• Management shows a continual effort to strive for openness and good communication throughout the organization;
  • Management has the ability to resolve conflicts as necessary; and
  • Relationships between managers and individuals are built on trust

3.       Accountability for safety is clear:

  • An appropriate relationship with the regulatory body exists, which ensures that the accountability for safety remains with the licensee;
  • Roles and responsibilities are clearly defined and understood;
  • There is a high level of compliance with regulations and procedures;
  • Management delegate responsibility with appropriate authority to enable clear accountabilities to be established; and
  • ‘Ownership’ for safety is evident at all organizational levels and for all individuals.

4.      Safety is integrated into all activities:

  • Trust permeates the organization;
  • Consideration for all types of safety, including industrial safety and environmental safety, and of security is evident;
  • The quality of documentation and procedures is good;
  • The quality of processes, from planning to implementation and review, is good;
  • Individuals have the necessary knowledge and understanding of the work processes;
  • Factors affecting work motivation and job satisfaction are considered;
  • Good working conditions exist with regard to time pressures, work load and stress;
  • Cross-functional and interdisciplinary cooperation and teamwork are present; and
  • Housekeeping and material conditions reflect commitment to excellence.

5.      Safety is learning driven:

  • A questioning attitude prevails at all organizational levels;
  • Open reporting of deviations and errors is encouraged;
  • Internal and external assessments, including self-assessments, are used;
  • Organizational and operating experience (both internal and external to the facility) are used;
  • Learning is facilitated through the ability to recognize and diagnose deviations, to formulate and implement solutions and to monitor the effects of corrective actions;
  • Safety performance indicators are tracked, trended, evaluated and acted upon; and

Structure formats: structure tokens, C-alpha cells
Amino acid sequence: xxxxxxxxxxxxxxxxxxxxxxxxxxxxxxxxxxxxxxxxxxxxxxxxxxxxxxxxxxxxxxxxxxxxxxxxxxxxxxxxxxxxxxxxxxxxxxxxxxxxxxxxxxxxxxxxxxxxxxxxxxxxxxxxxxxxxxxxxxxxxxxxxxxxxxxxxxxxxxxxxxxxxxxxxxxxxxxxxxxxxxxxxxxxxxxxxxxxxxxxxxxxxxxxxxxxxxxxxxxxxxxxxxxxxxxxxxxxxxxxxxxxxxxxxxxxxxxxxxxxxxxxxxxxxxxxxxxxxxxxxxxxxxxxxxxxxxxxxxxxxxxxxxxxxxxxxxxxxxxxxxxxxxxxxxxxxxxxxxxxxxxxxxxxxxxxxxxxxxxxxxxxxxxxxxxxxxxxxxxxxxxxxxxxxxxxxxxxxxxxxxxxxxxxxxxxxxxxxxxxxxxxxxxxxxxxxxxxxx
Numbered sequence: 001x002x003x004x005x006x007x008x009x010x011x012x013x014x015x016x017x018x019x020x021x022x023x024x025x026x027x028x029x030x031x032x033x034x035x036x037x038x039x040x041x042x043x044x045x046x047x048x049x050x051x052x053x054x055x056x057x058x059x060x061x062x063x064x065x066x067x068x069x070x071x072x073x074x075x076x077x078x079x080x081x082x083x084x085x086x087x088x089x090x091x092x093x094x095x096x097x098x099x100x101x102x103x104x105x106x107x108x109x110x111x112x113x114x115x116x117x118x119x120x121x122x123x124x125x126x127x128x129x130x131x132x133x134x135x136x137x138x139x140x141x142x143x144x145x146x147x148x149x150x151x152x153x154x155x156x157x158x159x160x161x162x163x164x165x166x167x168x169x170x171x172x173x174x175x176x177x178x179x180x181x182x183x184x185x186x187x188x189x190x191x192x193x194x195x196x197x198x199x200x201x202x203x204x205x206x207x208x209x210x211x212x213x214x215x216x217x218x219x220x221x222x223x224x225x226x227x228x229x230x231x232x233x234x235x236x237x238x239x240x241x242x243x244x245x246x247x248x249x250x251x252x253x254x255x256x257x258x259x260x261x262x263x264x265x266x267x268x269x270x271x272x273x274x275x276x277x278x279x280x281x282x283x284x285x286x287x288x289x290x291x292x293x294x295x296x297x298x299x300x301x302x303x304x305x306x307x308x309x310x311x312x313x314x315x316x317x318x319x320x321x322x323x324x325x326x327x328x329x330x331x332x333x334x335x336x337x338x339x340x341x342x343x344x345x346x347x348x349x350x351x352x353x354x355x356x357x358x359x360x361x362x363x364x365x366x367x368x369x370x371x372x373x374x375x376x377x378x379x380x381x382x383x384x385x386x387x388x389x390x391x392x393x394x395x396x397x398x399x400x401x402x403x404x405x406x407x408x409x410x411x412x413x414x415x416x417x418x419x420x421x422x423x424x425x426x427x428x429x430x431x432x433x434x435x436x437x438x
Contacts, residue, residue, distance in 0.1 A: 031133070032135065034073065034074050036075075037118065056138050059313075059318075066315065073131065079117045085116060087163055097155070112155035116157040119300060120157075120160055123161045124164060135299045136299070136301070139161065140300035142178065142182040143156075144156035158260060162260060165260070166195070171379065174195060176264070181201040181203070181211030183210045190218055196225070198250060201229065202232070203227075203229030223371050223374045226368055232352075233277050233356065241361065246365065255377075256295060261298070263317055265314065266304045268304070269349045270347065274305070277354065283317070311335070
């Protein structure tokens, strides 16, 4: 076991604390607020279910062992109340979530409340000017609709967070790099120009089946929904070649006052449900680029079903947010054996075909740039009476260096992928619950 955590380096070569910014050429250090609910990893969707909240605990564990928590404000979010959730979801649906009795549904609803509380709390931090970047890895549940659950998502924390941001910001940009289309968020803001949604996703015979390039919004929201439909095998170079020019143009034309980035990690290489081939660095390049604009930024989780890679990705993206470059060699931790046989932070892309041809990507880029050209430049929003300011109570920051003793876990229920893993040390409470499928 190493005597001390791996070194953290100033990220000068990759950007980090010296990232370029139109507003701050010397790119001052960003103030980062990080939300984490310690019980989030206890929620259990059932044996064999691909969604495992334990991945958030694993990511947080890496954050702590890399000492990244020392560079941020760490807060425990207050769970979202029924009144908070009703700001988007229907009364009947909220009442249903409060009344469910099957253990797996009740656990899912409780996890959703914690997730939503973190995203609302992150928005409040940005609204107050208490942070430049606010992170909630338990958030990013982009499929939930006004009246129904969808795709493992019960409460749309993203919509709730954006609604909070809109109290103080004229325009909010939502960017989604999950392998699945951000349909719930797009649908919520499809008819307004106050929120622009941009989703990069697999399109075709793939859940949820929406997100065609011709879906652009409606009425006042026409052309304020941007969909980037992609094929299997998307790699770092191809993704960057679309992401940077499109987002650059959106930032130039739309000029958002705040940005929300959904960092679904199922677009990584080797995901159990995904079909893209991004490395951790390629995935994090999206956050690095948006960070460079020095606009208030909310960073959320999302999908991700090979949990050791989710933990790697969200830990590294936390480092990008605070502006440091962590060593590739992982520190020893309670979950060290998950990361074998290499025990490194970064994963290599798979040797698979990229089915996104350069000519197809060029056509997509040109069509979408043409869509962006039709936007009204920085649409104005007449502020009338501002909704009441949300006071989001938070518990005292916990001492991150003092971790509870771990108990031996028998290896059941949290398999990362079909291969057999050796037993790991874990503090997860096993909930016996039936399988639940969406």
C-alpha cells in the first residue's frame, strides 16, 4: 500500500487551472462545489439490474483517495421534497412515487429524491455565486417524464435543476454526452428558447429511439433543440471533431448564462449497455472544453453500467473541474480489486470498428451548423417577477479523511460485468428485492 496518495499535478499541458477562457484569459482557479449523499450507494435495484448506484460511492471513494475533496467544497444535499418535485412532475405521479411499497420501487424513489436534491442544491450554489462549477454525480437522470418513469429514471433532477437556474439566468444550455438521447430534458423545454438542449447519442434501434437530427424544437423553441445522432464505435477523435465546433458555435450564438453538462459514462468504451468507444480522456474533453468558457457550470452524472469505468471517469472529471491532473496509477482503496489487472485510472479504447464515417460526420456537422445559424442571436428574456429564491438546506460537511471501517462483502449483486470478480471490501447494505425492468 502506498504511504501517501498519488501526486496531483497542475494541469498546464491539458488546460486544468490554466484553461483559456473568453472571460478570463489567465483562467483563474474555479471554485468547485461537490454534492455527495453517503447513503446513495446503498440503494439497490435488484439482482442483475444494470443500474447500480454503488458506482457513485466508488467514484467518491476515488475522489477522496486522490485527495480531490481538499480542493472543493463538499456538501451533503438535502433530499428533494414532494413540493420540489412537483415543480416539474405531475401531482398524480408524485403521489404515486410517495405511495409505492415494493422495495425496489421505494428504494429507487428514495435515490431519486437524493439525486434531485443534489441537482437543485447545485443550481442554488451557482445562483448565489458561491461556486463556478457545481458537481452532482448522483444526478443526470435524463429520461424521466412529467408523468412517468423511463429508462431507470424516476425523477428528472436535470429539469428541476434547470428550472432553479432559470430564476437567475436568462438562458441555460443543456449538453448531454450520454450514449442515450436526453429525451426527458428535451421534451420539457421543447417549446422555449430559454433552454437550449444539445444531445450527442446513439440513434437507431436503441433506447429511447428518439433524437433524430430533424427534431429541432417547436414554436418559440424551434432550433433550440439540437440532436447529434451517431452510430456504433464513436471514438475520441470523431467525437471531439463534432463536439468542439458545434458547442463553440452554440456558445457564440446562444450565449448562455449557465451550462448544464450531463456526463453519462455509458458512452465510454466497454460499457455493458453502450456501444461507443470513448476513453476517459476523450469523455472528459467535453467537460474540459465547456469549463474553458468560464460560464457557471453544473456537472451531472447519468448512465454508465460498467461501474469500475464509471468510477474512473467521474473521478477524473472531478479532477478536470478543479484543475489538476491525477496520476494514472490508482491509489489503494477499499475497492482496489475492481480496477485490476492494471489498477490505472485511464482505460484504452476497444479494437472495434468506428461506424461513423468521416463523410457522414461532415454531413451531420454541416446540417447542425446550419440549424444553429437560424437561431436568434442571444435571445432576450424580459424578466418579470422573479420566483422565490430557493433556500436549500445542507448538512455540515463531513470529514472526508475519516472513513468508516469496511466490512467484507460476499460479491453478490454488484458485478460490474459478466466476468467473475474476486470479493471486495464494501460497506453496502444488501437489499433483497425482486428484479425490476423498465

• There is systematic development of individual competences.

Fact of the matter is that nuclear safety begins at project conception, and a primary challenge is to ensure that the practices of a strong safety culture are applied from the outset of a project to avoid both latent and immediate deficiencies. Experience has shown that when the main focus is on technical aspects, project schedule and budget, insufficient attention may be given to human and organizational aspects. In some cases, the inadequate application of safety culture principles and practices in new build projects has been a contributing cause of safety issues during subsequent operation. Initial decisions have a significant influence on safety culture. This includes the important decision to select leaders who take ownership of their mandate to promote safety and who instill a strong safety culture in their organization. Leaders of new build projects often attain positions of influence in the nuclear industry and have a lasting impact on attitudes towards safety.

Many designers, project personnel and construction personnel eventually transfer into operating organizations, regulatory bodies, vendors or technical and scientific support organizations. New participants entering the nuclear field present experienced leaders with the opportunity and responsibility to promote practices that ensure that protection and safety issues are given priority over production, schedule and cost at all levels of the organization. New participants must understand the more stringent requirements and greater accountability that come with Nuclear Power Plant (NNP) projects compared with projects involving conventional plants.  The safety culture supports the goals of all participants: the desire of governments to have a secure energy supply; the mandate of regulatory bodies to protect the public and the environment; the desire of vendors to build safe NPPs to ensure future business; and the desire of utilities to produce electricity safely, without technical or administrative problems.

It is important for governments and their associated bodies to recognize how safety culture can affect a new build project, as well as the importance of ensuring that nuclear power programmes incorporate safety culture principles from the outset. Governments are tasked with ensuring that nuclear safety is explicitly addressed in national policy frameworks. They are responsible for conferring clear powers of oversight and regulation on national regulatory bodies during all phases. Government decision makers need to recognize that nuclear safety requires considerable investment. The impact of a nuclear power programme extends well beyond any specific project, thus national accountability for nuclear power programmes cannot be delegated to owners and operators.

Regulatory bodies need to influence, monitor and provide oversight of the safety culture during all pre-operational phases. They also need to establish their own safety culture and to recognize the influence of their safety culture on other participants. A common understanding and vocabulary among regulators, licensees and owners is of considerable value in promoting the safety culture.

Resources:

  1. United States Nuclear Regulatory Commission;
  2. NSAG – Basic Safety Principles for Nuclear Power Plants;
  3. Building on the Principles for Enhancing Professionalism;
  4. IAEA Safety Culture Assessment Review Team (SCART) Guidelines; and
  5. IAEA Safety Culture in Pre-Operational Phases of Nuclear Power Plant Projects.